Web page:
As if to compete for attention with the “Classic Western” I photographed on June 5, this Clark’s Grebe paddled slowly not far from shore, turning this way and that to be sure I got its good side. It even treated the photographer to an open bill shot showing its tongue.
As readers who studied Grebes 101 already know, the Western Grebe and the Clark’s Grebe are both big birds, indistinguishable in size and body shape. Until 1985, they were considered the same species. Then DNA studies showed significant differences. The visible difference is all in the head. The Western’s bill is a muddy, smoky mix of yellow, gray, and green, and its dark feather cap extends below its eye. The Clark’s, as these photos show, has a clear yellow beak, and it wears its cap clear of the eye. The two species are often found in mixed flocks. Scientists say that interbreeding occurs but is rare.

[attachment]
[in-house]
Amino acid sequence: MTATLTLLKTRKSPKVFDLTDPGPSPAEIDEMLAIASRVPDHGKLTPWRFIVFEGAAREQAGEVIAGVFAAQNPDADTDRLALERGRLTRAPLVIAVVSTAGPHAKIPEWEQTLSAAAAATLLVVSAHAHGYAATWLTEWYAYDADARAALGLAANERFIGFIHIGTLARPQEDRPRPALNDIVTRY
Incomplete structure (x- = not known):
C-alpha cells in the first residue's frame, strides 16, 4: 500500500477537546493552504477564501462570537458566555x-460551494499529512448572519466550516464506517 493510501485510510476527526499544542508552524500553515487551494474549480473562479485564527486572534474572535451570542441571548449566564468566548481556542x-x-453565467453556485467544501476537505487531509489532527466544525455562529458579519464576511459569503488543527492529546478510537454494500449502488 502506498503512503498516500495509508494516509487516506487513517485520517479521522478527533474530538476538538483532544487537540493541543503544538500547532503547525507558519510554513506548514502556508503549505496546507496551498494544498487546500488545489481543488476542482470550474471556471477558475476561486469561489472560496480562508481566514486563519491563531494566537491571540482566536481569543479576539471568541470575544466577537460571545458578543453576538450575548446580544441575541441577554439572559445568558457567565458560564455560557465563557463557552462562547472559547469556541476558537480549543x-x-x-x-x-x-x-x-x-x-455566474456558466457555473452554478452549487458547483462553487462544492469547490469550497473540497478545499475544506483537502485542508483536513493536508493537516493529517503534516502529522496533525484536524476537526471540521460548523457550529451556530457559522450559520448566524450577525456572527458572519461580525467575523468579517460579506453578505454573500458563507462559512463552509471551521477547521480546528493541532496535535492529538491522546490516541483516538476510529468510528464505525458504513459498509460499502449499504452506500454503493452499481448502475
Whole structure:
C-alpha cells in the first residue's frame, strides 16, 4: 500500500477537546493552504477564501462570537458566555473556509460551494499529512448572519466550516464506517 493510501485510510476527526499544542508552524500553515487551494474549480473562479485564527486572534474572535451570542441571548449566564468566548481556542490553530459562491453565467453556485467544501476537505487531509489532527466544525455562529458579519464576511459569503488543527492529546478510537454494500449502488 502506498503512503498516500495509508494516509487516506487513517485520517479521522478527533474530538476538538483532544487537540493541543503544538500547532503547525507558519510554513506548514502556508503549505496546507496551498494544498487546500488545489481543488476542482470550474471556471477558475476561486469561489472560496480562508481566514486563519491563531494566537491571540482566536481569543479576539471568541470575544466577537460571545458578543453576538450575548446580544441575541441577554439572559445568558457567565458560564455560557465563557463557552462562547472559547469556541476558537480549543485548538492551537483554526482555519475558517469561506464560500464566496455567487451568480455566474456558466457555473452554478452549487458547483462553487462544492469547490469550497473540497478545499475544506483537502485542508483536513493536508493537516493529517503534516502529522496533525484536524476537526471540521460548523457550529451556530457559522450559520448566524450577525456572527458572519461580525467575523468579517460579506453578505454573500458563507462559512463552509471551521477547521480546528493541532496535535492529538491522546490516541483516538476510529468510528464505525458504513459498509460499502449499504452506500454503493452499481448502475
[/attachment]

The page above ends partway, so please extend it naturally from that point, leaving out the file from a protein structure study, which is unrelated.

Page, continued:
Oddly, Wikipedia has no entry for John Henry Clark, after whom the bird is named. It says only that Clark was a 19th-century American surveyor, naturalist and collector. Beyond that, an internet search goes blank. Very unusual.